What I try to do is build on my costume a little bit every year, while keeping the base of it the same. The first year I used cloths I already have (and use for work). The collared shirt, brown vest, and slacks were all pieces I already owned. At my first show I picked up the fez that's become my trademark. Then a year later at another show I bought a bunch of pins/military medals. (Which you should be able to find at a Halloween/Costume store) I took the medals off of the ribbons and then added pieces I thought would be more "steampunk". Just to avoid the issues of looking like real medals. Gears/Old Pewter Charms/ect. This is where your own creativity with things really can shine. One of my items is a Tetris Block another is a charm from a band, one is a gear with an old Dollar coin that was found at my first Steampunk event on it.
Halloween hit that next year and I found lots of cheap (and LOW quality) Steampunk bits in the costume/Halloween stores. Most of these items are junk but I've found some to be cheap and worthwhile. The goggles that I wear on my fez were a five dollar find at a Halloween store. Unless asked by a photographer I wouldn't wear them on my eyes. But they're a nice look on a hat.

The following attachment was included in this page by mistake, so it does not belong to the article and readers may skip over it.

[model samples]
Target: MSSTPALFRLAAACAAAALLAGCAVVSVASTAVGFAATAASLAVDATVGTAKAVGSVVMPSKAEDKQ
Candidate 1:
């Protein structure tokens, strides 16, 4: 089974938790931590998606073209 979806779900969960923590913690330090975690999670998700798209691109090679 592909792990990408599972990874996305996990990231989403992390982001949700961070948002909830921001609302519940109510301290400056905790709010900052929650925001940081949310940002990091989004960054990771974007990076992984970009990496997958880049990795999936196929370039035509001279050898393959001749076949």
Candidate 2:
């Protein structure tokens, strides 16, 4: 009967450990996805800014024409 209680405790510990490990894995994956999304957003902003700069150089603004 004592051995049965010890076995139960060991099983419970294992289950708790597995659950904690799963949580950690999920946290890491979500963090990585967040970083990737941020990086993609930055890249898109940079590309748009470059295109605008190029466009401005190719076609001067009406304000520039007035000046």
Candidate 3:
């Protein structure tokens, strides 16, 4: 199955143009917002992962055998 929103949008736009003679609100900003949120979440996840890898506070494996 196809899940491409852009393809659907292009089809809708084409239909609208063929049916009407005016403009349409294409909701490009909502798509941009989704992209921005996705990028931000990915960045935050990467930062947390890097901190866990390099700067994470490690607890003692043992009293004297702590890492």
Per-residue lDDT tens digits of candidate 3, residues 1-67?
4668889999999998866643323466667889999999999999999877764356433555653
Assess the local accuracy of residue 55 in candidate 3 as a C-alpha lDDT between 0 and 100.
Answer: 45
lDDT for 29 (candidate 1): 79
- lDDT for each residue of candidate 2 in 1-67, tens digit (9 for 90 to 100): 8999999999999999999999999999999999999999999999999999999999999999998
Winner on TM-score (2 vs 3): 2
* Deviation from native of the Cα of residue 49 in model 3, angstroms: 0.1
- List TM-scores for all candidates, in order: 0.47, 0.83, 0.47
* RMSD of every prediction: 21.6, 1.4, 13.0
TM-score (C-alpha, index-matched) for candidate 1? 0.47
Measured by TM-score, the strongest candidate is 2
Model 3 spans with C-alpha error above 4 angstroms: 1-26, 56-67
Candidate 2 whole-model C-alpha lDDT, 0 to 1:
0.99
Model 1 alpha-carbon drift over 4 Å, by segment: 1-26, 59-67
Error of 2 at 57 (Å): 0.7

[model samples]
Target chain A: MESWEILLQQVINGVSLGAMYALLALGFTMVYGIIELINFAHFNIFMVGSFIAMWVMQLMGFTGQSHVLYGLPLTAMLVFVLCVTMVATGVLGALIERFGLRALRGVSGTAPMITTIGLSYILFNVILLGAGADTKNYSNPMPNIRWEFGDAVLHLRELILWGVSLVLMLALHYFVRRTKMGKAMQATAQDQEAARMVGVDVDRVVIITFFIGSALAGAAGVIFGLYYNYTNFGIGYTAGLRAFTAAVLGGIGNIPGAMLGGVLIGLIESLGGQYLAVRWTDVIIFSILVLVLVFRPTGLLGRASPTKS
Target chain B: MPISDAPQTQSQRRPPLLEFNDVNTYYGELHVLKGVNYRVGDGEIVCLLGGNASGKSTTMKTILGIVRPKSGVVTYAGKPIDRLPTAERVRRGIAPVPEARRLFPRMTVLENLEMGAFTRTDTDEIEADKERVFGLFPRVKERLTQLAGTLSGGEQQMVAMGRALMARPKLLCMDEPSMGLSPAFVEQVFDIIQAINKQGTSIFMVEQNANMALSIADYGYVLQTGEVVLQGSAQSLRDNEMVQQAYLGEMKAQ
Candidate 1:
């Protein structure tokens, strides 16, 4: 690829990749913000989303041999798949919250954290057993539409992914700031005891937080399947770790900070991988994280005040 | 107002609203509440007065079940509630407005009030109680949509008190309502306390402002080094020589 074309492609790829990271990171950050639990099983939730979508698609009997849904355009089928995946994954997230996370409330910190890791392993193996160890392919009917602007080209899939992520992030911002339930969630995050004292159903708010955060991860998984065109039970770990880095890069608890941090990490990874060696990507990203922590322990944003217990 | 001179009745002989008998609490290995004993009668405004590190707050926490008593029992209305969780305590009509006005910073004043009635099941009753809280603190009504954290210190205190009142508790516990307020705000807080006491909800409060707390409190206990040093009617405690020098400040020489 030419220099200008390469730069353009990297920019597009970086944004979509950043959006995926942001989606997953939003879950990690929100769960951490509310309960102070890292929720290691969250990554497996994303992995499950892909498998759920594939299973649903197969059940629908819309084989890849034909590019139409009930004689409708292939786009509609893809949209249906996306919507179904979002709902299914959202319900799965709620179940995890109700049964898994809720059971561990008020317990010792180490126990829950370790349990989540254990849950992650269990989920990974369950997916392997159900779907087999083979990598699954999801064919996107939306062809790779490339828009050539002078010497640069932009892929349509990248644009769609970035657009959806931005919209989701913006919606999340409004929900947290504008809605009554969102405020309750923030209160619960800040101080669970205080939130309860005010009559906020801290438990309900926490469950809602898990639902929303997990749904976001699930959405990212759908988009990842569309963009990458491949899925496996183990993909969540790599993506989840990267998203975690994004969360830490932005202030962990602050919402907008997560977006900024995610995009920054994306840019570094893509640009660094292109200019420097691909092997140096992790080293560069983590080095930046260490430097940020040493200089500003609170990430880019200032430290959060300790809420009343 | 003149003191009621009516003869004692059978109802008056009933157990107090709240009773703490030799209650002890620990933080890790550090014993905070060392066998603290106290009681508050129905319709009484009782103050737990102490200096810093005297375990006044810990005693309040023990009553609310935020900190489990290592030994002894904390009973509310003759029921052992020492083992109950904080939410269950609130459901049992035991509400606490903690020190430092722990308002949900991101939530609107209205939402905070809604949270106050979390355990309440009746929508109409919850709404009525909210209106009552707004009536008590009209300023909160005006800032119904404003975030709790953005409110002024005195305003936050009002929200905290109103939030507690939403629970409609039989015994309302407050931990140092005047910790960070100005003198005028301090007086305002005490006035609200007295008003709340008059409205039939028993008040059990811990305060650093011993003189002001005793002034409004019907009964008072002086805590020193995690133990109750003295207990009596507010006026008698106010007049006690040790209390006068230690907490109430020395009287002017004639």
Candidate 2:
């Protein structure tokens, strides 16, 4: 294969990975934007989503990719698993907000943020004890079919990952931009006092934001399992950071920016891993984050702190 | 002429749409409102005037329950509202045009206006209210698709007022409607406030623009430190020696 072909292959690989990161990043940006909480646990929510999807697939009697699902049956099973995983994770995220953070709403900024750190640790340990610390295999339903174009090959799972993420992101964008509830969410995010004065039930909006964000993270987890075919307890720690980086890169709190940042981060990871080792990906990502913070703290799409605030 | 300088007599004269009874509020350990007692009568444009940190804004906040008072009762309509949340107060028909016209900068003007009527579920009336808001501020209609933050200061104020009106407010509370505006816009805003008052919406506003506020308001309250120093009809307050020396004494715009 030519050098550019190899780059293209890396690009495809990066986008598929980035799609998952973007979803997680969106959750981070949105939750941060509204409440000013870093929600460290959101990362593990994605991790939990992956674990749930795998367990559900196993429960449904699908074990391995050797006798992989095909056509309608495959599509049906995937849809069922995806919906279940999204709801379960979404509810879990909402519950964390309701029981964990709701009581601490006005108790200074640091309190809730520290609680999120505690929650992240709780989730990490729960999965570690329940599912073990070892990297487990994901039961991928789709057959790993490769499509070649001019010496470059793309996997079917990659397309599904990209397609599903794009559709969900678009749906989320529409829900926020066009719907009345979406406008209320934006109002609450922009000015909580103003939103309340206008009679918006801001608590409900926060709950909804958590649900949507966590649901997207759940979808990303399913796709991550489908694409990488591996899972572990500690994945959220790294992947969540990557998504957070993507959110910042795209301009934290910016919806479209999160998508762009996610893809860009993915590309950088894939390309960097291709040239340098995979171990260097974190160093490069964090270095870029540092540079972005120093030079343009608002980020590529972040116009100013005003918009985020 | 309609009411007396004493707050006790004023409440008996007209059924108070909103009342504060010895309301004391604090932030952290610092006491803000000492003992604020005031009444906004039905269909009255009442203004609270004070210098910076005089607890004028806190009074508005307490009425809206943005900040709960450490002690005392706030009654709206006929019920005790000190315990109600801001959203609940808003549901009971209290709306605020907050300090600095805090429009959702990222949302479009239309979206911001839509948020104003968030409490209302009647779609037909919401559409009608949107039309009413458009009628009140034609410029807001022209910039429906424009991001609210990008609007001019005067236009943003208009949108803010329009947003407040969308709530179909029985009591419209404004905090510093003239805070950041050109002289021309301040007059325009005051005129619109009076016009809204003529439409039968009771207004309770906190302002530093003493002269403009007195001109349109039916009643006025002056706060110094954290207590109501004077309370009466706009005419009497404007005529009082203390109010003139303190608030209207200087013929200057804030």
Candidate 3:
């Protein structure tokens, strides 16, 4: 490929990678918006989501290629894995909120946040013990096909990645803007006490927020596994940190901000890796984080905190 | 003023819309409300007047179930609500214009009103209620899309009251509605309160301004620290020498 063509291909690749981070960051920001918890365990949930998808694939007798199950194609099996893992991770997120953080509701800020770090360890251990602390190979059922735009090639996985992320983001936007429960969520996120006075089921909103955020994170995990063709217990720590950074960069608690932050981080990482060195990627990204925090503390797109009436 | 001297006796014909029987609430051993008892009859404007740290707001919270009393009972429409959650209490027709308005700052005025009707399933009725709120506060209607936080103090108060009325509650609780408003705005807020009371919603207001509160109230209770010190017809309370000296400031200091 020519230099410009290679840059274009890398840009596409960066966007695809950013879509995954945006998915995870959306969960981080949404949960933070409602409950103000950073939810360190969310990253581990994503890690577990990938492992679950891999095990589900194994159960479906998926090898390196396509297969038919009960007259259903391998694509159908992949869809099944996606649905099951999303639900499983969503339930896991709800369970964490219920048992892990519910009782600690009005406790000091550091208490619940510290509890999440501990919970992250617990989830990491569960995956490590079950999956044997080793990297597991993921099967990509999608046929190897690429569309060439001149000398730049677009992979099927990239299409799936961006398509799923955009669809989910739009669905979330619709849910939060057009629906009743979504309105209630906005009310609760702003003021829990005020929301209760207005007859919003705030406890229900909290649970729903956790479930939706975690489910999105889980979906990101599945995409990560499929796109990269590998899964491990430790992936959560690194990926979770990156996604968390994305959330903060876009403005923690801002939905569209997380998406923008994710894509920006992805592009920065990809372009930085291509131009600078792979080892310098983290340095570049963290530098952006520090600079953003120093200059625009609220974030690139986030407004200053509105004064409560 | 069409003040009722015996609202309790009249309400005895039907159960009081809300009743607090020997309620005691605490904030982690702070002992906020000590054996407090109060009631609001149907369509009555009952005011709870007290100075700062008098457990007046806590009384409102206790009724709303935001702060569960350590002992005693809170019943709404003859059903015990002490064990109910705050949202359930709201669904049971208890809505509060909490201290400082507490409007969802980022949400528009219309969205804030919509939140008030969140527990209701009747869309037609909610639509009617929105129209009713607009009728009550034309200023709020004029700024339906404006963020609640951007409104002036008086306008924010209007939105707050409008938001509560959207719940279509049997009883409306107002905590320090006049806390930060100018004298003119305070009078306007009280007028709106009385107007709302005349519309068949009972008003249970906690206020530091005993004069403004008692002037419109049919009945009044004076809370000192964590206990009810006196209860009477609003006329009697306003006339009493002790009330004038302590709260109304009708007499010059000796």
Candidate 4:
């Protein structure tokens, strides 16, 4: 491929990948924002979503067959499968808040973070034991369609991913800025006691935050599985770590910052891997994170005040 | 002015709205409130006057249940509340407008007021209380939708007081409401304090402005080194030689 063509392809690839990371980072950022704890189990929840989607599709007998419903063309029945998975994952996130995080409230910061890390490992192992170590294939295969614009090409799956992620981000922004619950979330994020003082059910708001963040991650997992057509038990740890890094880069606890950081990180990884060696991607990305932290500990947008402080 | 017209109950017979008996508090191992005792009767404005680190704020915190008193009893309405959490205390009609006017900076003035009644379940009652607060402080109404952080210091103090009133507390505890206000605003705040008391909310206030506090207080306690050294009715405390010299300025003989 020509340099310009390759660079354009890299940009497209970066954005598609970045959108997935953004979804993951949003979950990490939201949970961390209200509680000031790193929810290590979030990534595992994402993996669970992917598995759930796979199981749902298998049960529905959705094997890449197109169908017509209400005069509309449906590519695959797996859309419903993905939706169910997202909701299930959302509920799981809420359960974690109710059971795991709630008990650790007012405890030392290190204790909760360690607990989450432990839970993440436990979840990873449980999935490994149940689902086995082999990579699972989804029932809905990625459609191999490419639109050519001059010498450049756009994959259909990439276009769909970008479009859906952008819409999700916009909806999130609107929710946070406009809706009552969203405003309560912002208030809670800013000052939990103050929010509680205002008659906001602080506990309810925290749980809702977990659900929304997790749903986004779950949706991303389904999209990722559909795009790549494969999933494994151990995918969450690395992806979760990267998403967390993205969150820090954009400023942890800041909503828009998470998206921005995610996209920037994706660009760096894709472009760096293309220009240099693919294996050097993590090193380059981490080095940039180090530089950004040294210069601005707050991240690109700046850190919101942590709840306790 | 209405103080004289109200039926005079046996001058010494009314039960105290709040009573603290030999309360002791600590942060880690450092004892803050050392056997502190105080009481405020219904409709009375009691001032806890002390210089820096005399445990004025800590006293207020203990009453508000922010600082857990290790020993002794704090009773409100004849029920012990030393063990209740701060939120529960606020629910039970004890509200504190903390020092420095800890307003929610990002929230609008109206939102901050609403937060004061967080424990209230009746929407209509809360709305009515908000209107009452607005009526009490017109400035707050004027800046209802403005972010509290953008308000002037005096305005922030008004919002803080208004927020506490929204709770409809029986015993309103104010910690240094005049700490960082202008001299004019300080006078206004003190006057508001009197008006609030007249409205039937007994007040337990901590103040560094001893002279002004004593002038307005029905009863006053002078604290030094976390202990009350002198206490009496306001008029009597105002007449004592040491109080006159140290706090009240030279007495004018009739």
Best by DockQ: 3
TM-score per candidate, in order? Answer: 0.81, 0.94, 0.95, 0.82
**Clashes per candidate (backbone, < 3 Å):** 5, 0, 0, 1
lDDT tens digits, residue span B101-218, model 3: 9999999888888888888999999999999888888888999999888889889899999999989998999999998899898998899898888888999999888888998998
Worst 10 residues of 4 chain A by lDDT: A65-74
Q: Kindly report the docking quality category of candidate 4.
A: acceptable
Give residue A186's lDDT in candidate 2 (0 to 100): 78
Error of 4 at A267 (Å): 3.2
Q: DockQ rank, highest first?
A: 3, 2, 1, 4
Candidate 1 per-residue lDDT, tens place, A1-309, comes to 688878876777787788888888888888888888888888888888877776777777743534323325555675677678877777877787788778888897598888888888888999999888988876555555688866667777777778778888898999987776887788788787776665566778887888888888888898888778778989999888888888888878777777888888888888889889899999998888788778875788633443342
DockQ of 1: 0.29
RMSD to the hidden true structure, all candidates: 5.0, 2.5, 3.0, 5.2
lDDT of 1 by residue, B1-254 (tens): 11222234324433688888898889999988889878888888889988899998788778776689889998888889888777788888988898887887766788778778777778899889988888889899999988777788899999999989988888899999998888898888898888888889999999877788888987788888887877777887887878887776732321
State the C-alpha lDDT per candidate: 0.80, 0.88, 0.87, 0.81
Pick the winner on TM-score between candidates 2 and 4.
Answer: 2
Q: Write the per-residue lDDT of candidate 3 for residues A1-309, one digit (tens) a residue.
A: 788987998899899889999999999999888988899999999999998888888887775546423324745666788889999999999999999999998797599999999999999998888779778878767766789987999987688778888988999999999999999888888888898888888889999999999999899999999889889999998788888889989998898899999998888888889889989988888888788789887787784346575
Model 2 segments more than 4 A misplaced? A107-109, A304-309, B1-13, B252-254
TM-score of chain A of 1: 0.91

At the most recent show I was at I picked up a higher end prop because I'd been saving for one for a while. So I can't say everything on my costume is cheap. But pick it up bit by bit. Steampunk is if nothing else a personal expression. Your costume should be constantly evolving as you have more access to items you like and want to be part of your costume.
Right now I'm trying to find a way to get a brass chain to attach a dagger I found to a belt. And my biggest project attached to Steampunk is I want to get a good pair of brown boots for the outfit in time for the next show. And I started this costume something like 3 years ago now.
TL:DR: Keep an eye out for items to use. Don't rush "finishing" the costume. Because it will NEVER be finished.
11-26-2012, 08:06 AM